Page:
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Interactional mind-mindedness: measurement in caregiver-preschooler dyads before and after the Circle of Security 20-week intervention

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posted on 29.03.2022, 01:48 by Anne-Marie Maxwell
This study had two related aims: to explore the validity of the interactional mind-mindedness measure for use with caregiver-preschooler dyads in an attachment-activating context; and to investigate whether mind-mindedness changed following the Circle of Security 20-week intervention. This involved measuring interactional mind-mindedness in 55 caregivers of preschool children (reported only once previously) using archived footage of theStrange Situation Procedure (not reported previously). Baseline scores for appropriate mind-related comments were significantly correlated with attachment security, caregiver reflective functioning and positive caregiving representations, and there was a significant negative correlation with attachment disorganisation. While most caregivers did not make non-attuned mind-related comments, the proportions were notably higher than in previous research. Baseline mind-mindedness scores did not differ significantly by demographic variables, but there were significant differences in proportions of appropriate mind-related comments according to psychosocial risk factors. Findings support the validity of the interactional mind-mindedness measure for use with caregivers of preschoolers in an attachment-activating context. They further suggest that mind-mindedness can be a useful construct when exploring the effects of attachment-based interventions. Results of pre-post analyses indicated no significant change in mind-mindedness scores after the intervention for the whole sample, but a significant interaction effect, whereby those with low mind-mindedness prior to the intervention made significant improvements. Results are discussed in relation to implications for the assessment of mind-mindedness in older children, the potential to change mind-mindedness using attachment basedinterventions, and the need for further research to explore whether mind-mindedness may be one pathway through which the Circle of Security intervention may bring about changes in parenting and thereby child attachment.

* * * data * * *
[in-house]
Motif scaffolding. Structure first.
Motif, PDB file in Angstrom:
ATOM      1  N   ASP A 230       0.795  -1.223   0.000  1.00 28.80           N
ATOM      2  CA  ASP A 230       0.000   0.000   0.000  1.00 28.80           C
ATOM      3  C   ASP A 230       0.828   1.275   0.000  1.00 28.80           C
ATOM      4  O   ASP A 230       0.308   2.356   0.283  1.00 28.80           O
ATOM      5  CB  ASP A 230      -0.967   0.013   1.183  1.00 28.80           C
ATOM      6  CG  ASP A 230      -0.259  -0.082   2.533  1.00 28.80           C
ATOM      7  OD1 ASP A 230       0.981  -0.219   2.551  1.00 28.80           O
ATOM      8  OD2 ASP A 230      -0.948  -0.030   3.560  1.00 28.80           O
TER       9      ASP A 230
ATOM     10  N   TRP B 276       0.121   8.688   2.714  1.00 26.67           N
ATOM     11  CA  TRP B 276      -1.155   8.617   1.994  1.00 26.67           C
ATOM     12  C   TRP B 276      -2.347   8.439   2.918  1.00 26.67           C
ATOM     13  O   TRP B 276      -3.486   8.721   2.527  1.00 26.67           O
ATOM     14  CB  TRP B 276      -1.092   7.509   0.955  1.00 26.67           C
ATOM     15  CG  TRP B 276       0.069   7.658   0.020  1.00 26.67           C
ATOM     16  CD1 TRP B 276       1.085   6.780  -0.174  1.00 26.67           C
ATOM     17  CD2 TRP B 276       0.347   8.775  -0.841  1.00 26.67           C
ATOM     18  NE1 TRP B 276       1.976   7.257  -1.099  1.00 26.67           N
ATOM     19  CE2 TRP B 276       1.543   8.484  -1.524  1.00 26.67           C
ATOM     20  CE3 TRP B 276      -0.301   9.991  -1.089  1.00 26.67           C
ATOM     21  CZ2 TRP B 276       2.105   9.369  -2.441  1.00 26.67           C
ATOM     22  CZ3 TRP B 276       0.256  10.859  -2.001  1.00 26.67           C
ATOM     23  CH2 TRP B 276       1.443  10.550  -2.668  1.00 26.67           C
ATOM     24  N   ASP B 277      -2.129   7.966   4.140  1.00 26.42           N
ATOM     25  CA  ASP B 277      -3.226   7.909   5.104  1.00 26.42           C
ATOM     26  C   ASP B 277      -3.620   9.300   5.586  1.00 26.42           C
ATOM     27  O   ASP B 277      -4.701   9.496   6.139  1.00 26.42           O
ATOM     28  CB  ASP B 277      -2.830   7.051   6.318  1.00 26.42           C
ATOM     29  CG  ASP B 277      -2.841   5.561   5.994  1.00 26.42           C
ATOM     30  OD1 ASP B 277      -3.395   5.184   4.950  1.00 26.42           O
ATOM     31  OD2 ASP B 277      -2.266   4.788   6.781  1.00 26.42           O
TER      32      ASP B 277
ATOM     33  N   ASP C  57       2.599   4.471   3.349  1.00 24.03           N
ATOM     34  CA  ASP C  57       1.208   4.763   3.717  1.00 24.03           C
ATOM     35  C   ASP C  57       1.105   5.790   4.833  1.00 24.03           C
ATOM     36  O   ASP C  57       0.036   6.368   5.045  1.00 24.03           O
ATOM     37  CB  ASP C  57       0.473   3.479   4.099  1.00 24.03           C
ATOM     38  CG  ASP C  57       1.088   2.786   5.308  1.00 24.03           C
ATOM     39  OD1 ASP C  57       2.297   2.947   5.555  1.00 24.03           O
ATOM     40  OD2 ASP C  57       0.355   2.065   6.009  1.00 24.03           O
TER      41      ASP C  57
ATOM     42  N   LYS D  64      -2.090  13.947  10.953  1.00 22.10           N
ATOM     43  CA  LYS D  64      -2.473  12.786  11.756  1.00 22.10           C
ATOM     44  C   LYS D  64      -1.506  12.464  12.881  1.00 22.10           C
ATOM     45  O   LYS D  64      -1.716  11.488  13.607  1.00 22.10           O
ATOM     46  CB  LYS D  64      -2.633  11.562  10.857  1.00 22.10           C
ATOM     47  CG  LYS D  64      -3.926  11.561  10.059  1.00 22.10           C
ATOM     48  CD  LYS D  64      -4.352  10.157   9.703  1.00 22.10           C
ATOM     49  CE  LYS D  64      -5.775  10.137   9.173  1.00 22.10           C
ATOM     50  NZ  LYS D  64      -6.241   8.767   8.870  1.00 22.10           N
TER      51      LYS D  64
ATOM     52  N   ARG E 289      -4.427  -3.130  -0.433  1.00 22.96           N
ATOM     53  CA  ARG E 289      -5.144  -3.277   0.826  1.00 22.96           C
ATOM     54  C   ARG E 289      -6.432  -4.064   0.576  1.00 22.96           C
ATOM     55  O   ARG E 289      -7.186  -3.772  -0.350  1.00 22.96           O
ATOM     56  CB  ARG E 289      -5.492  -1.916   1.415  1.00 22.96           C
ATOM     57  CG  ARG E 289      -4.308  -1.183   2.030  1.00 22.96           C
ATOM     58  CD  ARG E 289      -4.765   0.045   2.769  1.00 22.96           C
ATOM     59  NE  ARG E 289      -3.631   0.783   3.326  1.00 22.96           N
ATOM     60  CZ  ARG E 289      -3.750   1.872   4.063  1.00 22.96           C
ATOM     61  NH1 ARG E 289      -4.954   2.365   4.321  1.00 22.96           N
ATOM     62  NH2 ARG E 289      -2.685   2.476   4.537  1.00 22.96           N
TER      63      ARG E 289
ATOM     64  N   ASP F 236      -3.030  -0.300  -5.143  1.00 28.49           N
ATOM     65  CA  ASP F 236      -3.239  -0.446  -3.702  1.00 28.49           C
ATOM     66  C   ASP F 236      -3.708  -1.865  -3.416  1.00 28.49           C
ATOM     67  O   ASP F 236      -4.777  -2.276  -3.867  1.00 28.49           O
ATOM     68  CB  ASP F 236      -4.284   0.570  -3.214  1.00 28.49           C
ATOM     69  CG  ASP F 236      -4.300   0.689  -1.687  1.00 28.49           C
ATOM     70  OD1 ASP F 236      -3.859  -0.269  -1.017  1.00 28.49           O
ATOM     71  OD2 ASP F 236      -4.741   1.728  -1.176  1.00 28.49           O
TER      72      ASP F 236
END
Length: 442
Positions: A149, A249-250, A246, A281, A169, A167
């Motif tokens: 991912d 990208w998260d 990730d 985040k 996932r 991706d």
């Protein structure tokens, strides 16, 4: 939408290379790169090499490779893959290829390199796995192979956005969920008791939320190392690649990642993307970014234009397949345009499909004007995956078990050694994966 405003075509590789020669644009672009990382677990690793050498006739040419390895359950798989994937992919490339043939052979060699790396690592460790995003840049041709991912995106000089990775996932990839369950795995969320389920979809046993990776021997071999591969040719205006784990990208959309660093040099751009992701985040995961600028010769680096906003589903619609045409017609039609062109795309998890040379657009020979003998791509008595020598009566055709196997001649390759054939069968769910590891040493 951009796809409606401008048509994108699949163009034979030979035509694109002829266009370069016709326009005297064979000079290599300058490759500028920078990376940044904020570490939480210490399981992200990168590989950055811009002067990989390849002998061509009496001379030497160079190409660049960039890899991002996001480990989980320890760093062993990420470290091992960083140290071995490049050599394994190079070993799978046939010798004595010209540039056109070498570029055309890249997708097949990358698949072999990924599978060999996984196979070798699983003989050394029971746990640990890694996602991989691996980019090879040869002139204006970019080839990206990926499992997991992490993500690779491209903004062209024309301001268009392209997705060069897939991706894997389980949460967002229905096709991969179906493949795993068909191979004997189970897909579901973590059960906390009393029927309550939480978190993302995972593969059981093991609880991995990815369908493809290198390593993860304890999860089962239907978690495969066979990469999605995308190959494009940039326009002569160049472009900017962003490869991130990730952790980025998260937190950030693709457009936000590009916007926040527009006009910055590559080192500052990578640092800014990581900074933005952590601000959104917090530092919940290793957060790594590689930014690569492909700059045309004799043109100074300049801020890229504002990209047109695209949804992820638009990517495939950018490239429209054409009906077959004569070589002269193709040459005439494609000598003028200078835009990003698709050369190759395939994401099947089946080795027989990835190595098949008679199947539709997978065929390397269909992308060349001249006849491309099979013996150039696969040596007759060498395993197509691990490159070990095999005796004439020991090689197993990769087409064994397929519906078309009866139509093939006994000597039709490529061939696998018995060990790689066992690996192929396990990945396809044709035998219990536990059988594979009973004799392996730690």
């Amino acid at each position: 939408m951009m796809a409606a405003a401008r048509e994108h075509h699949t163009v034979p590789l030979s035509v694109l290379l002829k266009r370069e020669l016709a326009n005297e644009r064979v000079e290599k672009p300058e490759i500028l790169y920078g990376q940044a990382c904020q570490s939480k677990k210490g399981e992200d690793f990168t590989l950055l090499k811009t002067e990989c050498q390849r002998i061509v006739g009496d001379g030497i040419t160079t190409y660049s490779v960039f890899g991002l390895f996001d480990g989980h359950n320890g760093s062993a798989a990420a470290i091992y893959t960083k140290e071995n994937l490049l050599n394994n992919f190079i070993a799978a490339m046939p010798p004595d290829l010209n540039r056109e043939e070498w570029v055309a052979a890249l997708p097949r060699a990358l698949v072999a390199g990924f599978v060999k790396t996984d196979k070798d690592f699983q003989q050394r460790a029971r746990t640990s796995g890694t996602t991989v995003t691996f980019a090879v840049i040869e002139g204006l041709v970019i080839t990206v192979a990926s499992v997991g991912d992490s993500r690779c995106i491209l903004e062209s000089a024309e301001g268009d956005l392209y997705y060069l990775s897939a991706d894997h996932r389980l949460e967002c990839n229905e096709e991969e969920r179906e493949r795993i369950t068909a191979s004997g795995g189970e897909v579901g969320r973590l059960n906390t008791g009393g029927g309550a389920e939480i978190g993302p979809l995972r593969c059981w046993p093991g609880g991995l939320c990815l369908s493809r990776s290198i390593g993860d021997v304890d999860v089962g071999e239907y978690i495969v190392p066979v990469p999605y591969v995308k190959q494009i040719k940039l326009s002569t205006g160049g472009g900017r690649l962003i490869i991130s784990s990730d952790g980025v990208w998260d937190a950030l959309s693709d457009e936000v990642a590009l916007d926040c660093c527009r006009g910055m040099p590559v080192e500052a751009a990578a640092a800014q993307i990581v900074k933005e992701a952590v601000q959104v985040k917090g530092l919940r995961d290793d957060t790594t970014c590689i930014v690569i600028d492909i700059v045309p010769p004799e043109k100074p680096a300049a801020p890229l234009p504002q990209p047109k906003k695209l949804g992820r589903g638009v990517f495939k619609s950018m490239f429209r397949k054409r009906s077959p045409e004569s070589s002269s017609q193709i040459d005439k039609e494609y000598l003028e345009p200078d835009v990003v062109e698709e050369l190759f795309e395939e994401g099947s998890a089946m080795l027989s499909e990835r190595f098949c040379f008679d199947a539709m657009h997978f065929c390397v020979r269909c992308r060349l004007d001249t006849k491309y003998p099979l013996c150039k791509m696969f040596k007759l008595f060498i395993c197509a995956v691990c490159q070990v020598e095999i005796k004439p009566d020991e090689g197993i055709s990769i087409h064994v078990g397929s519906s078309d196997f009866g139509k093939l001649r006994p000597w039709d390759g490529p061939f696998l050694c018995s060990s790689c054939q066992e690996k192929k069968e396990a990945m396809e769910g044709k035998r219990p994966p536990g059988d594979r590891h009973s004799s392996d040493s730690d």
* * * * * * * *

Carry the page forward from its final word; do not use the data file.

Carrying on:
Table of Contents

Chapter 1. Overview -- Chapter 2. Literature review -- Chapter 3. Method -- Chapter 4. Results -- Chapter 5. Case study -- Chapter 6. Discussion -- References -- Appendices.


Theoretical thesis. Bibliography: pages 73-89

Awarding Institution

Macquarie University

Degree Type

Thesis MRes


MRes, Macquarie University, Faculty of Human Sciences, Department of Psychology

Department, Centre or School

Department of Psychology

Year of Award


Principal Supervisor

Catherine McMahon


Copyright Anne-Marie Maxwell 2016. Copyright disclaimer: http://mq.edu.au/library/copyright




1 online resource (viii, 112 pages)

Former Identifiers

mq:69688 http://hdl.handle.net/1959.14/1256755